Brown skinned young man looking forlorn with sunrays across his face

Are You As Alcoholic As Me?

Mike Mather


In the beginning, I had a taste for alcohol, even though I didn't have access to it very often. I was about 13 years old.

Weddings were a good opportunity because

a) it was socially acceptable for kids to have one or two sips, which was even considered funny, and
b) if you were as resourceful as I was, you could easily get three or four drinks by asking different aunties, uncles, and older cousins.

Then there was my dad's stash, which I could secretly take one or two drinks from each day, or more if he was already drunk and wouldn't notice anything missing.

The Family Business

My dad didn't seem like an alcoholic to me because he said that only men in the park were alcoholics, and he was just a drunk. Drunks didn't drink alone or in the morning, so he worked the night shift and had lots of friends who drank with him. One drink was never enough for him!

It didn't even seem strange when my big sister gave him a mug that said, "God grant me the serenity to accept the things I cannot change…"

The one thing I did know about him, though, was that he thought I was stupid.

Now, I know that's not true -- it never was true -- but when I was a kid and did something that upset him, he would say, "Michael, are you stupid or something?" and I just assumed that he thought I was stupid.

My mum was my protector, and I was hers.

The envy that this one little sentence caused, Is another whole chapter. My nickname with my siblings was "The Brat."

Silhouette of a young man looking into the sunset across rocky terrain

Photo by Adrian Dascal on Unsplash

On weekends, Mum and I would visit Grandfather or Nana and watch Audie Murphy and Debra Kerr movies on Sundays. We would study the form guide together on Saturdays and go to the races, while Dad was at the club most weekends or sleeping off the night shift from the previous week.

Being a Grown-Up

I got my first lover pregnant, and being good Catholic kids, we got married at 17. Just four days before the wedding, I got my driver's license, so I could borrow my dad's car from the reception and take my new wife to a motel for our wedding night, while I was drunk.

After dropping out of university, sales seemed to be the way to go for me, an introverted squash player and stamp collector.

This was my big break into the world of serious drinking. In my first full-time job (I had worked part-time in hospitality and cleaning during university), I was made a field manager and given a team of canvassers after seven weeks. This allowed me to spend half the day in a pub with other "managers" and drink after work on Fridays until I would drive home drunk to my new, beautiful wife and son.

Yada, yada, yada…

I experienced business failure after business failure, and I never made the connection between my love of alcohol and my uncanny ability to be in the wrong place at the wrong time, with too little money and too many excuses.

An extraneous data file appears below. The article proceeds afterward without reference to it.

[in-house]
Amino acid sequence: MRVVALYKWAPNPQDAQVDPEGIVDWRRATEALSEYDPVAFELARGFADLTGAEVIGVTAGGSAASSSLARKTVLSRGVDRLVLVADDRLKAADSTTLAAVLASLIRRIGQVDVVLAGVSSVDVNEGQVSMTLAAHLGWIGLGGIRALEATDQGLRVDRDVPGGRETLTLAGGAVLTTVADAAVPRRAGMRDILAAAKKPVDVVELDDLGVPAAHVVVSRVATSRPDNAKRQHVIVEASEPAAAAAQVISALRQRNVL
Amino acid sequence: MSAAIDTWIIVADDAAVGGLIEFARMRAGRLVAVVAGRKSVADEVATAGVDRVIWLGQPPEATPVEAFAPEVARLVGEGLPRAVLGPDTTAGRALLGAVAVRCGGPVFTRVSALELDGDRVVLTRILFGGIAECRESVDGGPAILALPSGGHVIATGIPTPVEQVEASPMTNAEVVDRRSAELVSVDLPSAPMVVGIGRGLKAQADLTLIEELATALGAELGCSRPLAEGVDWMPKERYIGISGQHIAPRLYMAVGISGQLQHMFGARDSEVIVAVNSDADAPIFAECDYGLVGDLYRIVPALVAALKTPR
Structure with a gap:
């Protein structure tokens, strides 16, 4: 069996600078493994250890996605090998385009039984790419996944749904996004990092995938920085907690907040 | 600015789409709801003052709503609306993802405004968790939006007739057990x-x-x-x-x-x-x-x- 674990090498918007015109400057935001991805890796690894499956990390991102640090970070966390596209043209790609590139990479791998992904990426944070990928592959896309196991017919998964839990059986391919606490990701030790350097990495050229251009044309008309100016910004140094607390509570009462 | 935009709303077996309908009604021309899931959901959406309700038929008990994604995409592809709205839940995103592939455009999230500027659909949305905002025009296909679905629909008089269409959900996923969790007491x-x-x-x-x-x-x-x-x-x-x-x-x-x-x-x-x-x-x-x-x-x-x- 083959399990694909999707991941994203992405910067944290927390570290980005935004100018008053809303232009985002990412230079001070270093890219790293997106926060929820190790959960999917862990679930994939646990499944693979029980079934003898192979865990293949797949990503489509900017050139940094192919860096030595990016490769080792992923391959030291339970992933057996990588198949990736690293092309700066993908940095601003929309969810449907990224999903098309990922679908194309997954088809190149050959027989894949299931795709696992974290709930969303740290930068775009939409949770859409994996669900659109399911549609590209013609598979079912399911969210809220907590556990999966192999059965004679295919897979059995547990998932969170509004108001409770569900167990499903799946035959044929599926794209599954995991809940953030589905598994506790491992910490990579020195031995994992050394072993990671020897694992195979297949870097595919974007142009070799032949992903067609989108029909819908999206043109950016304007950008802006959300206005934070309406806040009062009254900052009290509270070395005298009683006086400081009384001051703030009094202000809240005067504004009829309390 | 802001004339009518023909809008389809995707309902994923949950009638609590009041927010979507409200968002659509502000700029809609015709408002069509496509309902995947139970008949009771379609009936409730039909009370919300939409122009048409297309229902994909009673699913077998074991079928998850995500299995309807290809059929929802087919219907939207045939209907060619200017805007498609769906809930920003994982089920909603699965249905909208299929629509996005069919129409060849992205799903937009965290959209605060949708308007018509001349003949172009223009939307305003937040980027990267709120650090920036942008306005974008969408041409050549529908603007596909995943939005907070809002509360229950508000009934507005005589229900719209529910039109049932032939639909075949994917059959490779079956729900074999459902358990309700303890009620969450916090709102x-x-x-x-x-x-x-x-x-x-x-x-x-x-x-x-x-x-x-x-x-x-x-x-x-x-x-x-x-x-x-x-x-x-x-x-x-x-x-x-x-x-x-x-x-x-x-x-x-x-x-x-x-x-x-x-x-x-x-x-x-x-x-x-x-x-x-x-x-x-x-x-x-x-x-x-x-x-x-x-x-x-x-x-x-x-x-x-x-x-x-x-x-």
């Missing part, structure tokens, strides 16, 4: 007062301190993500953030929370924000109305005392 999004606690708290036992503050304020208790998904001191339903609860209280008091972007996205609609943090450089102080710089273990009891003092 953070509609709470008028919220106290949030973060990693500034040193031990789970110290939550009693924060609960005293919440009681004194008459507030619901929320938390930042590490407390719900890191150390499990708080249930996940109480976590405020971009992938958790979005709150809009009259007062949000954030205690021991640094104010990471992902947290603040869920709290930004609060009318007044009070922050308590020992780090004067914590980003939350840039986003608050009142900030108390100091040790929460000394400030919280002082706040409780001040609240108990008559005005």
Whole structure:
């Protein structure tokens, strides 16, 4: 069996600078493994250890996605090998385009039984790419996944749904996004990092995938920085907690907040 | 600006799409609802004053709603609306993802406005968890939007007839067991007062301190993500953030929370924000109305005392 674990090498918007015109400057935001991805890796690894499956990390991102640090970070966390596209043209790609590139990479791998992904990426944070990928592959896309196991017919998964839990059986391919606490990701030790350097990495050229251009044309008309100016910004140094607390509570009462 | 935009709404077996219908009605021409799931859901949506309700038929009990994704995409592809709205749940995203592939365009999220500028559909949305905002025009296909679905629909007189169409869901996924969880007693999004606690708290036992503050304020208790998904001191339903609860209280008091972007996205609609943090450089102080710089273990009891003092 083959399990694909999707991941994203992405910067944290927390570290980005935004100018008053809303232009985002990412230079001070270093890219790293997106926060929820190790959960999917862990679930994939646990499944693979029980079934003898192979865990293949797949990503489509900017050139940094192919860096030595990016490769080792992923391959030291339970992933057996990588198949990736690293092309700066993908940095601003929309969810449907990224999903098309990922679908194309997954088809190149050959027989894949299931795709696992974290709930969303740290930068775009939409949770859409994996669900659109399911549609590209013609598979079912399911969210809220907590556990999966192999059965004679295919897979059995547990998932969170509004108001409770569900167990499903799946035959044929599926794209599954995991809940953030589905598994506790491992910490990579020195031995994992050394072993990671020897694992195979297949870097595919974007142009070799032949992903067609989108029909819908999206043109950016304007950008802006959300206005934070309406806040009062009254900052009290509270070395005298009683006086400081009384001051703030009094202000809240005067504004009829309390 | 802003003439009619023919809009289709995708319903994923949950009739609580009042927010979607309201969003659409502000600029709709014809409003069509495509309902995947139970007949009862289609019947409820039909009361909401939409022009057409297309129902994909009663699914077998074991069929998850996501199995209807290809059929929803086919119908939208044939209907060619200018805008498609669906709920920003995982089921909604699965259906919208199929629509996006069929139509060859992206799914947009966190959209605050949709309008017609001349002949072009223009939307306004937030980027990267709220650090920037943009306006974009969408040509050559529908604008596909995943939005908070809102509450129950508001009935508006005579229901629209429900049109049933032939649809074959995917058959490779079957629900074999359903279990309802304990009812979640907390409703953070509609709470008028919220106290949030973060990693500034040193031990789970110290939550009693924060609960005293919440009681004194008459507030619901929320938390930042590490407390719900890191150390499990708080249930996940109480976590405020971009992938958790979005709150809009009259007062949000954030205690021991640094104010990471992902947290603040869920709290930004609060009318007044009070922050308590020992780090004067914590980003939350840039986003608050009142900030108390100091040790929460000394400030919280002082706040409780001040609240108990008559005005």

In 1997, I moved to a new town and began drinking full-time. My second wife followed me with our four children, and I spent nearly a decade drinking myself to death.

When I came to Alcoholics Anonymous (AA) in late 2005, I got a brief glimpse of what the problem was and how I could fix it. It took me two and a half years and five attempts to realise that I couldn't do it on my own, and finally, with the help of some friends, I began my sober journey.

This is the story that led me to a happy, sober, and awesome life.

Now, it has been fifteen years since my last drink, and I write about addiction. I do it because I can - through the medium of this marvellous webinet thing.

I do it because I want to help others who have a similar pain and who want a solution.

A small bird perched in a naturally formed window with a distant mountain range visible

Photo by Abhishek Koli on Unsplash

And I do it…

because I have a responsibility to give back to the world that I live in — it’s the rent I pay for the blessings that I enjoy every day.

This story was prompted by Anthony Metivier. I completed an online course of his and Jonathan Levi, and he told me that if I want to help others, I have to write my story of pain and relief. Because, if I can recover from a seemingly unending story of pain and failed recovery, then others might like to hear it and learn from it.

Maybe someone JUST LIKE ME can benefit from my struggle.

Maybe there are a few of you. You can recover too.

You will recover if you do what I have done.

About the Author Mike Mather

Mike was born in 1963 which technically makes him one of the youngest of the Baby Boomers. An Australian with Indigenous and European heritage, he has been an avid and required student of Buddhism and alcoholism since 2008.

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